Day: January 2, 2013

Acclaimed Movers & Storage leads by example with biodiesel fleet

Read the full story in Biodiesel Magazine.

On any given day in Los Angeles, some 10 million people travel around the city, whether to work, or out on errands, or just out to get some fresh air. But with so many people, and a similarly immense number of vehicles, the air is not so fresh anymore. In fact, the city is often enveloped in a “fog” that is actually a heavy coat of smog. The carbon monoxide levels are only made worse by the many trucks, including moving trucks, which pump their diesel exhaust into the air with gusto. Because it’s an intense problem that every Californian has to deal with, it’s extraordinarily rewarding to find local companies that go the extra mile in the effort to protect the environment and reduce emissions. Acclaimed Movers and Storage, Los Angeles’ leading luxury, residential and commercial moving company, is doing just that with the conversion of all of its trucks to an ecofriendly biodiesel fuel.

Smartphone apps bringing energy management home

Read the full story at GreenBiz.

As smartphones continue to take over almost every part of our lives, managing our energy use at home may be the next thing coming.

At least that’s what four Canadian academics are projecting. A paper recently published in the International Journal of Sustainable Energy looks at how smartphones could significantly accelerate home energy audits for greater energy conservation over traditional methods, like having trained energy auditors driving from house to house to look at heating and cooling systems once every year.

Data centers: What does it take to heat things up?

Read the full story at GreenBiz.

Keeping things cool has long been a mantra for data center operators, but new research suggests it may not be essential for everyone.

Data centers have historically operated at temperatures ranging between 64° and 68° Fahrenheit (or 17° to 20° Celsius), prompting them to spend approximately 44 percent of their total power budgets on cooling.

Originally, the varied mix of equipment and associated warranties dictated these relatively cool temperatures, and service level agreements (SLAs) often included explicit language about how much deviation was acceptable.

But while it’s true temperature control can affect equipment reliability and appropriate management and monitoring is needed for business continuity, new research supports the idea that higher temperatures are beneficial for most data centers.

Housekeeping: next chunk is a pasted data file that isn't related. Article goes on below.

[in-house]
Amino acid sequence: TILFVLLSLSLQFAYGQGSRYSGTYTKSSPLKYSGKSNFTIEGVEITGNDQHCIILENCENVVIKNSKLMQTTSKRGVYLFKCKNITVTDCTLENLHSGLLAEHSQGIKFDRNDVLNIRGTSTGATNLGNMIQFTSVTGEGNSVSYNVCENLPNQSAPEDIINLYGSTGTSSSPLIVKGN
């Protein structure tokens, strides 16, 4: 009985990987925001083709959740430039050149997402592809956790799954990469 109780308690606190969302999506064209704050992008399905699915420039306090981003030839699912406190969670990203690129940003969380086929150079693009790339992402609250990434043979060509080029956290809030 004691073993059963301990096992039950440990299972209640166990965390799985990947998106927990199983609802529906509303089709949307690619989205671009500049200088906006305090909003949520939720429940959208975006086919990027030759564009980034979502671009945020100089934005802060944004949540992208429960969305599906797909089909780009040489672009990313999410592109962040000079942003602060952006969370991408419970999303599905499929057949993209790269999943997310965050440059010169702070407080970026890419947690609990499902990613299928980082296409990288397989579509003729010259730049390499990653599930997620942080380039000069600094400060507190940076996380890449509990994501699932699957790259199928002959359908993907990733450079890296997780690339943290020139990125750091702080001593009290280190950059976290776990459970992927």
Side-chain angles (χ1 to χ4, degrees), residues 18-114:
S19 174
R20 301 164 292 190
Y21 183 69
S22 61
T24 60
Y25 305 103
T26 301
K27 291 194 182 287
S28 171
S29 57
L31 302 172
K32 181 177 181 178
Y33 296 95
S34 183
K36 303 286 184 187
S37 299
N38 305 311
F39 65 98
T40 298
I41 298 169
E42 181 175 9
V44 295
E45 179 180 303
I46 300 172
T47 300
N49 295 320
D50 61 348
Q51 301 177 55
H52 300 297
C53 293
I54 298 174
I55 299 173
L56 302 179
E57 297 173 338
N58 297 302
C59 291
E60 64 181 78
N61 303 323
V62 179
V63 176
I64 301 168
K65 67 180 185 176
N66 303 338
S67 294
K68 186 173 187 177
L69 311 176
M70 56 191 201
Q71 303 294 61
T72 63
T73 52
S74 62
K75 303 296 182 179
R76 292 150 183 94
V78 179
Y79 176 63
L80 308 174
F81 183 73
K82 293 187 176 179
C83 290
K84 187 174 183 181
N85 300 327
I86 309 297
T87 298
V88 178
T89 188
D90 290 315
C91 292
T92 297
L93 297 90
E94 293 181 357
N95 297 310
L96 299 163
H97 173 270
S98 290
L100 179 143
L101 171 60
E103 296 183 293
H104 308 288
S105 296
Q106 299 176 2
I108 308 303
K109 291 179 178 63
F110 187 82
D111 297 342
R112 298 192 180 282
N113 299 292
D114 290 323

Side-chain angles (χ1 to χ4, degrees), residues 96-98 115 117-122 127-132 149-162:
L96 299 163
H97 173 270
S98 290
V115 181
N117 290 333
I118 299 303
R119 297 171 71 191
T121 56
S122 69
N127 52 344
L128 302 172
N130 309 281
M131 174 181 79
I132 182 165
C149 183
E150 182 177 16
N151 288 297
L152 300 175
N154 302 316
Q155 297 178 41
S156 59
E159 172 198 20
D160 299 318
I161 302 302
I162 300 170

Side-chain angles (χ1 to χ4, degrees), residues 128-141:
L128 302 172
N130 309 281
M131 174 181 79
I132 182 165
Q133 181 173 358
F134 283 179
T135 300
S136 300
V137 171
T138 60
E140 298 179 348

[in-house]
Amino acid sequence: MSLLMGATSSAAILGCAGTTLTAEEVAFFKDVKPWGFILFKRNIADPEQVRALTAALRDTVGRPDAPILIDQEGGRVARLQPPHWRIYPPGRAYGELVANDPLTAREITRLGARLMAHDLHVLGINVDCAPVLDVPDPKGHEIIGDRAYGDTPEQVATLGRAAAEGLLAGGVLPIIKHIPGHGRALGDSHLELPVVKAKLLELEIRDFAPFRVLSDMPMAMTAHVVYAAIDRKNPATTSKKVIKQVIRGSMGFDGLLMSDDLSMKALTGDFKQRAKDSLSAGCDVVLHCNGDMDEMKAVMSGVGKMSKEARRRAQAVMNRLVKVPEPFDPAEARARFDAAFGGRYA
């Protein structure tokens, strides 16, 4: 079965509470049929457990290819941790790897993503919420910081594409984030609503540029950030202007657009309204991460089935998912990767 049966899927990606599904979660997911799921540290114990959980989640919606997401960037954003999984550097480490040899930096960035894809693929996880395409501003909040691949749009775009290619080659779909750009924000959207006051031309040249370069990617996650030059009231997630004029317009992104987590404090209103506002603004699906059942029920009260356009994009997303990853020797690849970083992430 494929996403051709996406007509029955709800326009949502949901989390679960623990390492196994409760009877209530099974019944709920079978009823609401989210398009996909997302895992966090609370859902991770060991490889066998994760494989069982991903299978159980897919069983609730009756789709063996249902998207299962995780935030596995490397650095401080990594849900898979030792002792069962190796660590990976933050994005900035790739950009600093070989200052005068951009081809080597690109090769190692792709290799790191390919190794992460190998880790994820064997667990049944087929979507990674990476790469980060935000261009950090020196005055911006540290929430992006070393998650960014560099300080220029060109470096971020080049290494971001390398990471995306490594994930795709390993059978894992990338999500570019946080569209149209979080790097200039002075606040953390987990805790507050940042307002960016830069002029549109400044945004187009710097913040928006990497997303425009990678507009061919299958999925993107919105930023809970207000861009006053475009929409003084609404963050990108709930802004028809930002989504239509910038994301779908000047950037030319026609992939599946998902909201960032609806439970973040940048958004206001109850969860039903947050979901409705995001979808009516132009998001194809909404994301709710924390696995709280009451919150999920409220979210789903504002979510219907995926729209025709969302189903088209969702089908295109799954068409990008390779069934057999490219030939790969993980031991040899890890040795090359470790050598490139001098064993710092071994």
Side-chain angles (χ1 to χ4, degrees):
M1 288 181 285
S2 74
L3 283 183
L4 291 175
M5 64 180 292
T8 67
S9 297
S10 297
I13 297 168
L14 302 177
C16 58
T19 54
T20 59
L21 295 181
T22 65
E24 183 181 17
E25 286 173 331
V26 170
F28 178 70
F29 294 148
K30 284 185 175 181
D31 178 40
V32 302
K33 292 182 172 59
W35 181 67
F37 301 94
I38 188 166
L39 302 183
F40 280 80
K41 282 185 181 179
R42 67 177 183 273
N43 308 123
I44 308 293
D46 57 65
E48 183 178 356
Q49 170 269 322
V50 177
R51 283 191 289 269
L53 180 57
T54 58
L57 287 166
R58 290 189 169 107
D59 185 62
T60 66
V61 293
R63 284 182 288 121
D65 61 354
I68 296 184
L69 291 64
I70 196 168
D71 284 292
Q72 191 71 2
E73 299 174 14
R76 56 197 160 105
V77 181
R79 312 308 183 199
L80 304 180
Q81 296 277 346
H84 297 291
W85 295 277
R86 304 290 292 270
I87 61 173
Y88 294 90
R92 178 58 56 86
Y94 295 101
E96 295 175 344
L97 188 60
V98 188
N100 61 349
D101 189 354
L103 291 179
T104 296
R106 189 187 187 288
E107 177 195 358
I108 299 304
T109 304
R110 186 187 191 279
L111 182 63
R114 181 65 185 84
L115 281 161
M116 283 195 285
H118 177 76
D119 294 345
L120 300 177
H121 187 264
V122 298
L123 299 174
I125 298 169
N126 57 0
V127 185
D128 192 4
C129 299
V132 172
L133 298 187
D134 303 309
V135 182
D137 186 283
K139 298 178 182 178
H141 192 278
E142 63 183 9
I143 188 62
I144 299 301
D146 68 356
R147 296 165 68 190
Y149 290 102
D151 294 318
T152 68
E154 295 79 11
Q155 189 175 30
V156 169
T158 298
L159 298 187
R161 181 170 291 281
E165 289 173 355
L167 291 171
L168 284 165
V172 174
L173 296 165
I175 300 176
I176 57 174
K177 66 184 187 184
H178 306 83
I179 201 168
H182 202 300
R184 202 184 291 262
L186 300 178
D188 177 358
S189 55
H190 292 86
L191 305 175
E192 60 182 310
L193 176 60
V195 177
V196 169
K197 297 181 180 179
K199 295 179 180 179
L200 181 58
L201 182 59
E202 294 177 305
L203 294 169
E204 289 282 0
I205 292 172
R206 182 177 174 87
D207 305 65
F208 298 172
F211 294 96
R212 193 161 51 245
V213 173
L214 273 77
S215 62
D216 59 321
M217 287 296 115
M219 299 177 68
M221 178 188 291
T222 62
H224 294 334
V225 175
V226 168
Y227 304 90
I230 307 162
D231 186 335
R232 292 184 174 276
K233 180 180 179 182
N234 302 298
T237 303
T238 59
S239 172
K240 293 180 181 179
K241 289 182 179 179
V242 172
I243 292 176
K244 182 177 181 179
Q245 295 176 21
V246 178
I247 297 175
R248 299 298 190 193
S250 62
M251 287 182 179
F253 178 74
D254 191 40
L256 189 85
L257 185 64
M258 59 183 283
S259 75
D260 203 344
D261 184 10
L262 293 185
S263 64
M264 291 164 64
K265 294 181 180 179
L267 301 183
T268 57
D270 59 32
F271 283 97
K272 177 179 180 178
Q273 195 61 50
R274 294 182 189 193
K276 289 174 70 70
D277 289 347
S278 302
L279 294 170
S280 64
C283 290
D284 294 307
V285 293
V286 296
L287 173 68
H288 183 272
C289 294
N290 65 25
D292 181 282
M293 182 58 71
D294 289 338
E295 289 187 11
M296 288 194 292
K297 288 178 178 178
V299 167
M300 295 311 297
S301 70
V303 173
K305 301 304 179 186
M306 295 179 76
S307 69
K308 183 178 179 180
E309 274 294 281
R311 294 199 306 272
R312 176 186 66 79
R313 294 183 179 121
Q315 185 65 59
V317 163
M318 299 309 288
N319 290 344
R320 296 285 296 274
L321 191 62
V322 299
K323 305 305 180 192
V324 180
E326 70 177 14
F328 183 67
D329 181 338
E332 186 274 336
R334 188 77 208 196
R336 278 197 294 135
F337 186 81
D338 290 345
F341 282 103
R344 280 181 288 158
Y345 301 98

So, how do you know when to raise the temperature, and by how much? Are there any changes recommended to reduce business risks?

Webinar: Dismantling the Barriers to Energy Efficiency

January 22, 2013, 1 pm ET
Register here.

Each year, Environmental Defense Fund works deep within dozens of companies to bolster smart energy management through EDF Climate Corps. To date, the program has identified an average of $1 million in energy savings at each participating organization. Along the way, EDF has learned quite a bit about how companies make decisions around energy investments, and the best practices for overcoming common implementation barriers.

This webcast will leverage the experiences and insights of two Climate Corps participating companies:

  • adidas Group has hosted three EDF Climate Corps fellows to help with energy management activities, one of which is Elizabeth Turnbull who later joined the company full-time as Senior Manager for Environmental Affairs.
  • Ingersoll Rand has hosted six EDF Climate Corps fellows, who collectively have identified $6.5 million in energy-efficiency opportunities.

In this free, one-hour webcast, you’ll learn:

  • How your company can take its energy-management program to the next level, whether you are just starting out or already a leader
  • How to chart your company along EDF’s recently published roadmap, the “Virtuous Cycle of Organizational Energy Efficiency”
  • Common barriers that keep companies from optimizing efficiency and the leading practices for overcoming them; and
  • How adidas Group and Ingersoll Rand identified millions in energy savings and overcame barriers to implementing projects